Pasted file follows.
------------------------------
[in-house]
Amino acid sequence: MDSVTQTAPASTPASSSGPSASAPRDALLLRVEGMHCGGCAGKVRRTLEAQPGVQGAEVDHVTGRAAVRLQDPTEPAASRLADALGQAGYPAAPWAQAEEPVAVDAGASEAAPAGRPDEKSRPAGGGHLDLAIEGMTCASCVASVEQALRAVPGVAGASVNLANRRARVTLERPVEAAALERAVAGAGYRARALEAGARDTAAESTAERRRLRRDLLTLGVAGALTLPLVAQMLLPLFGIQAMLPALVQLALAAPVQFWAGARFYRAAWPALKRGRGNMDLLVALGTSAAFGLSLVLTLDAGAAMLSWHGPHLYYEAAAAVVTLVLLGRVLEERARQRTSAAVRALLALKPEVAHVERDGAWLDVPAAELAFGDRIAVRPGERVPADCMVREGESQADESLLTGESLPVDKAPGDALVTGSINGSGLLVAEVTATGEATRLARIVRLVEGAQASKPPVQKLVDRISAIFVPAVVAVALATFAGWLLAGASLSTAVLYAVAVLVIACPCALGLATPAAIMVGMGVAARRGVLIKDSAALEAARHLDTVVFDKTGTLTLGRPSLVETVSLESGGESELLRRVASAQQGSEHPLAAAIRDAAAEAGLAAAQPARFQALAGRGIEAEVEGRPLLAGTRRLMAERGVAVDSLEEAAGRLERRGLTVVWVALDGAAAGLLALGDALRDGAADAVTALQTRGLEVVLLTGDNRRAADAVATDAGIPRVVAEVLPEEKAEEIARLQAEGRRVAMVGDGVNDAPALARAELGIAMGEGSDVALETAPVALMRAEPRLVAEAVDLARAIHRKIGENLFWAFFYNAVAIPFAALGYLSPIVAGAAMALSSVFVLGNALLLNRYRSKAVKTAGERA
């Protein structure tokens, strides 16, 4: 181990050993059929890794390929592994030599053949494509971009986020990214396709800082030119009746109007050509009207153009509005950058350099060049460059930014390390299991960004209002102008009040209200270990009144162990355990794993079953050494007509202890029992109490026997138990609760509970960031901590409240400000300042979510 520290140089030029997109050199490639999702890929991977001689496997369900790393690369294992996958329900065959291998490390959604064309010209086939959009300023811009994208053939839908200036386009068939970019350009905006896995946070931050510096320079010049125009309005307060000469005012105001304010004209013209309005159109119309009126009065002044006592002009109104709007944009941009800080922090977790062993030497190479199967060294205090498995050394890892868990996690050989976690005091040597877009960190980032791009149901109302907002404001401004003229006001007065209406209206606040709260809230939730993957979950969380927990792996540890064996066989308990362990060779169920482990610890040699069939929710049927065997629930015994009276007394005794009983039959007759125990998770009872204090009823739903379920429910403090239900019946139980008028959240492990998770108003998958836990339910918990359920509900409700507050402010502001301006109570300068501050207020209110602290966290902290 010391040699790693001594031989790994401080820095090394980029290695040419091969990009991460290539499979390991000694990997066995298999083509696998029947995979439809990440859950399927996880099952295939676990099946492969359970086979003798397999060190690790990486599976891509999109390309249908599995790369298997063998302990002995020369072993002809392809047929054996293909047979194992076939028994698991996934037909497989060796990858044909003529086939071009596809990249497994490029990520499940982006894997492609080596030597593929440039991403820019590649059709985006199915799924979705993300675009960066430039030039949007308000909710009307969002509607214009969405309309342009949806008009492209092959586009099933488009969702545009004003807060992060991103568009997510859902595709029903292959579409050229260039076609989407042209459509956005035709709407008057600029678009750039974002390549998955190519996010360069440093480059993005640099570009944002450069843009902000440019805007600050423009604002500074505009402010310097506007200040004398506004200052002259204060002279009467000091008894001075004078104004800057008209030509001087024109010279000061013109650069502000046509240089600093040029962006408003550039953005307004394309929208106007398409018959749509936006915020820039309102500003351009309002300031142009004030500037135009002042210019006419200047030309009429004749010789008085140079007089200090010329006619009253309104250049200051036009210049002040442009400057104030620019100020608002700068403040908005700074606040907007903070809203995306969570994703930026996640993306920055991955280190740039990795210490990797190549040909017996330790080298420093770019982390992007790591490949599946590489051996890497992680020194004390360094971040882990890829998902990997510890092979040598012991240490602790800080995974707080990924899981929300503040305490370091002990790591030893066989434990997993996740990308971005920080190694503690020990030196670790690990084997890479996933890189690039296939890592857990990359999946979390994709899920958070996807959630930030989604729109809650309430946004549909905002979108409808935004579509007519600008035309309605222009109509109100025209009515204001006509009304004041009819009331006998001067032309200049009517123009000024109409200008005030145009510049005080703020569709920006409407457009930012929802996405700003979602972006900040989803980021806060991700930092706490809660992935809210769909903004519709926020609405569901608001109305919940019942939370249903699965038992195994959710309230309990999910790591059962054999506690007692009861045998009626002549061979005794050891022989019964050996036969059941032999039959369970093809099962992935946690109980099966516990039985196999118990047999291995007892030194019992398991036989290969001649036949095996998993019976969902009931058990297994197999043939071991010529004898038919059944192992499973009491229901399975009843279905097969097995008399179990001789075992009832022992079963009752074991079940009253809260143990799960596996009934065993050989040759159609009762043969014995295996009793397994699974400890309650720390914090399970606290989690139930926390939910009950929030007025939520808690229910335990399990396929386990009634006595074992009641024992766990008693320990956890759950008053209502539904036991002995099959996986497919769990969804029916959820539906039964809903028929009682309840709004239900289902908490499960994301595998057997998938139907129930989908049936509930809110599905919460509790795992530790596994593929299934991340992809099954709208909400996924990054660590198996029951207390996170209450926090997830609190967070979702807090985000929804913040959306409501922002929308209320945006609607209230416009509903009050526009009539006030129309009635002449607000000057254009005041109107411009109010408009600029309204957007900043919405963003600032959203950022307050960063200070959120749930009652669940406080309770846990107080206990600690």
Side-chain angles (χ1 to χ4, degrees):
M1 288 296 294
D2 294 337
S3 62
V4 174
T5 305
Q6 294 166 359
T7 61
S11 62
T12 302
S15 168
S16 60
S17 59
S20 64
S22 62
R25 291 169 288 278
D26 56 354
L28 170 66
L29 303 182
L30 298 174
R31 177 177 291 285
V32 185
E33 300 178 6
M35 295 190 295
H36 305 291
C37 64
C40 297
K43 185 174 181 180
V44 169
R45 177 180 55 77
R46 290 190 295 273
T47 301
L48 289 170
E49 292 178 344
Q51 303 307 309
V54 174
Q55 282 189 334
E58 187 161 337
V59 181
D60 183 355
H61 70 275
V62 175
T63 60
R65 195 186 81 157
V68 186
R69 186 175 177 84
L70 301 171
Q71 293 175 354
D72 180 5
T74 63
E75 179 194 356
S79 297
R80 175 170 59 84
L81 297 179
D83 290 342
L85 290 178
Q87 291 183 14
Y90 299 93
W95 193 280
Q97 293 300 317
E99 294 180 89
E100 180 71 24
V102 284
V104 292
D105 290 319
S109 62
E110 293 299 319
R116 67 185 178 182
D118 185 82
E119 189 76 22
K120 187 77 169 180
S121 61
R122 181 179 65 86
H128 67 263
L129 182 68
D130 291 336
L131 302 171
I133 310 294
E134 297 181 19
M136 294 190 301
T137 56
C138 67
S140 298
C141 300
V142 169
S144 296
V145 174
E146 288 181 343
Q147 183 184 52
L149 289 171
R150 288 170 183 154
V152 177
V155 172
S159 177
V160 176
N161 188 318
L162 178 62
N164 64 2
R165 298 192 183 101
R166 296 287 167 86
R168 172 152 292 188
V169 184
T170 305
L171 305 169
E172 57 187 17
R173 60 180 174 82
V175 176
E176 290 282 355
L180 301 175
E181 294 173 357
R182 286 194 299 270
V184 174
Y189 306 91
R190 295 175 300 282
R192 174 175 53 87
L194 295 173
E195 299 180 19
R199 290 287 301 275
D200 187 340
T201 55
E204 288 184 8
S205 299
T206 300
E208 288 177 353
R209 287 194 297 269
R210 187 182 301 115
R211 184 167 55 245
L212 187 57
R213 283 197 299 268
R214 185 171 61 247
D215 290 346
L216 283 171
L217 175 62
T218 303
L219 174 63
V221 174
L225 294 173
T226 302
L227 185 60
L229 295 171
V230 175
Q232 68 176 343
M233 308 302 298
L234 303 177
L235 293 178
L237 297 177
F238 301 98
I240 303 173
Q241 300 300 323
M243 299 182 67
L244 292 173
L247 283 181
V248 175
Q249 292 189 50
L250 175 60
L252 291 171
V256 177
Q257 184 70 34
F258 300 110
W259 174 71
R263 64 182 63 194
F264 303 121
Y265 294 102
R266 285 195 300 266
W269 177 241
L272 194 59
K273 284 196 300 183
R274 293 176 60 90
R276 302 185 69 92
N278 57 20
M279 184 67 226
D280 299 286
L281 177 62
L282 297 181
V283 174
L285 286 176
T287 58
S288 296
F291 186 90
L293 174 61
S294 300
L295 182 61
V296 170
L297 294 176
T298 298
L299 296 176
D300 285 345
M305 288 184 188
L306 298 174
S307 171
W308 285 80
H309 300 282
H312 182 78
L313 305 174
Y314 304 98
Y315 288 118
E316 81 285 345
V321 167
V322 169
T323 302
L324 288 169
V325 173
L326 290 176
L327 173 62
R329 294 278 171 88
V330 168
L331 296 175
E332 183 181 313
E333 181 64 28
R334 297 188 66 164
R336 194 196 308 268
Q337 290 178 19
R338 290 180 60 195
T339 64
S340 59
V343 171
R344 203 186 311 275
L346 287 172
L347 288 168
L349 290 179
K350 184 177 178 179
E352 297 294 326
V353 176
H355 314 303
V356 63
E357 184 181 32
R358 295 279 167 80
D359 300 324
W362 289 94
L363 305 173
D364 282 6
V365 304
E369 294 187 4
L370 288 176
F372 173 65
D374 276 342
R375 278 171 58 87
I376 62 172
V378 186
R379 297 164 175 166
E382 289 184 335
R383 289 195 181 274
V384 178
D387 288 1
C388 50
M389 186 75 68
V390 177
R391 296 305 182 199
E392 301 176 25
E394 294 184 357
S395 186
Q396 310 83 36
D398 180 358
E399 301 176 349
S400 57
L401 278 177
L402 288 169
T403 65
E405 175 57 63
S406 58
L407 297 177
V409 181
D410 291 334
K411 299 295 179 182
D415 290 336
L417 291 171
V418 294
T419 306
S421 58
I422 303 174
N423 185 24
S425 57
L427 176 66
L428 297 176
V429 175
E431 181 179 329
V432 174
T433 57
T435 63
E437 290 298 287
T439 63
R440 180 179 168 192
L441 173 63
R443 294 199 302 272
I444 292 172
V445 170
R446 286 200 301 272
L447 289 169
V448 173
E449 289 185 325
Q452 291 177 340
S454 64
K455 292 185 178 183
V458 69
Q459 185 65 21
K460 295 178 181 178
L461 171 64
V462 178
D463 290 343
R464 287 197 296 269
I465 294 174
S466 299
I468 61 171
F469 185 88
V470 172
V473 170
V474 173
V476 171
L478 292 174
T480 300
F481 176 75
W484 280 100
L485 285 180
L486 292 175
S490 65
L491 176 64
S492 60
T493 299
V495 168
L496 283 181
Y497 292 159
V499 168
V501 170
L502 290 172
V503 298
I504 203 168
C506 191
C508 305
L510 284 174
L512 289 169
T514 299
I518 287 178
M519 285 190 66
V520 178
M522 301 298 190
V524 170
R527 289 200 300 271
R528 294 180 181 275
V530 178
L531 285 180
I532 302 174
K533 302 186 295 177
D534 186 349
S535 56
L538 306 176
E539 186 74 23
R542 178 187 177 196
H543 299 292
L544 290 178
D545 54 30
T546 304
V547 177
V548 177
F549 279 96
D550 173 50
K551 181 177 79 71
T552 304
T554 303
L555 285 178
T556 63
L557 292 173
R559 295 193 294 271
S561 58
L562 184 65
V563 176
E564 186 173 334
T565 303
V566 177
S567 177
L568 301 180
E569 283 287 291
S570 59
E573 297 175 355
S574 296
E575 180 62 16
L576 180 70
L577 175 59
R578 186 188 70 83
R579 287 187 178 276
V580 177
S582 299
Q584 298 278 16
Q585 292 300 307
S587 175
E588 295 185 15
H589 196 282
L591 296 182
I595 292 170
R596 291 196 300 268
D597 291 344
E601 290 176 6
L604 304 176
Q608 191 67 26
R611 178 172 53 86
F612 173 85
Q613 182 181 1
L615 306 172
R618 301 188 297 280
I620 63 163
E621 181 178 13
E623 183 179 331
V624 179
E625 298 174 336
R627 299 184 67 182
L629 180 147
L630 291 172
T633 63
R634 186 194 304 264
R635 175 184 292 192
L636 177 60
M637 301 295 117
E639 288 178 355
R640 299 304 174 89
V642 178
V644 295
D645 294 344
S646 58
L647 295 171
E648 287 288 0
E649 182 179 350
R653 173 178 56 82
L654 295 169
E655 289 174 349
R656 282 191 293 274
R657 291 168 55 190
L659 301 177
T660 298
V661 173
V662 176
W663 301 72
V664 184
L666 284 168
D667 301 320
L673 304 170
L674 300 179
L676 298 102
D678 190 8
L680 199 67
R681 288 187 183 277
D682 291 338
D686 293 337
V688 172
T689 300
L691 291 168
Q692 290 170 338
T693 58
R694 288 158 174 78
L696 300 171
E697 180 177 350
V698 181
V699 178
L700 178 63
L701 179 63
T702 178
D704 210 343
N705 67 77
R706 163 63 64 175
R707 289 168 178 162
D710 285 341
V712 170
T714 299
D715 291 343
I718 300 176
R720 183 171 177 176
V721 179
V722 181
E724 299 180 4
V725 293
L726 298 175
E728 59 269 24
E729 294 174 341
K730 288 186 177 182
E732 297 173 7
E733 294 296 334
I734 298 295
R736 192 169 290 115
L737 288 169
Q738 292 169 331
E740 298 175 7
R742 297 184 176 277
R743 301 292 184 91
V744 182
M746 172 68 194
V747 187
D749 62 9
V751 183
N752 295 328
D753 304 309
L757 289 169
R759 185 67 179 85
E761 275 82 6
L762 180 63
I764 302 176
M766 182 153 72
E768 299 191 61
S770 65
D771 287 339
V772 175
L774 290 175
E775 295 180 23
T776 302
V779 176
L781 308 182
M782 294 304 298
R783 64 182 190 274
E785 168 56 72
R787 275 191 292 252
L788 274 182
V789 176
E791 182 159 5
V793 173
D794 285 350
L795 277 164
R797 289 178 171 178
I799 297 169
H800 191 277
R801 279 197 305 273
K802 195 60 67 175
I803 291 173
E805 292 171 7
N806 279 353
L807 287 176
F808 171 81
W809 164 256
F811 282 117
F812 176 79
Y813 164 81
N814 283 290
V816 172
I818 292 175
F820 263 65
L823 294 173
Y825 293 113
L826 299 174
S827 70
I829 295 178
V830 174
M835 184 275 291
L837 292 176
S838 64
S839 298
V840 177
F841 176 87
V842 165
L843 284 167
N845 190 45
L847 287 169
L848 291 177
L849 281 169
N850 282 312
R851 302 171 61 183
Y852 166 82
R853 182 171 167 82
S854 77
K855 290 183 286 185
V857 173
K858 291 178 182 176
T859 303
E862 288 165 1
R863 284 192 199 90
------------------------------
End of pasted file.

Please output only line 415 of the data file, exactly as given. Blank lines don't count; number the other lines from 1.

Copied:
E639 288 178 355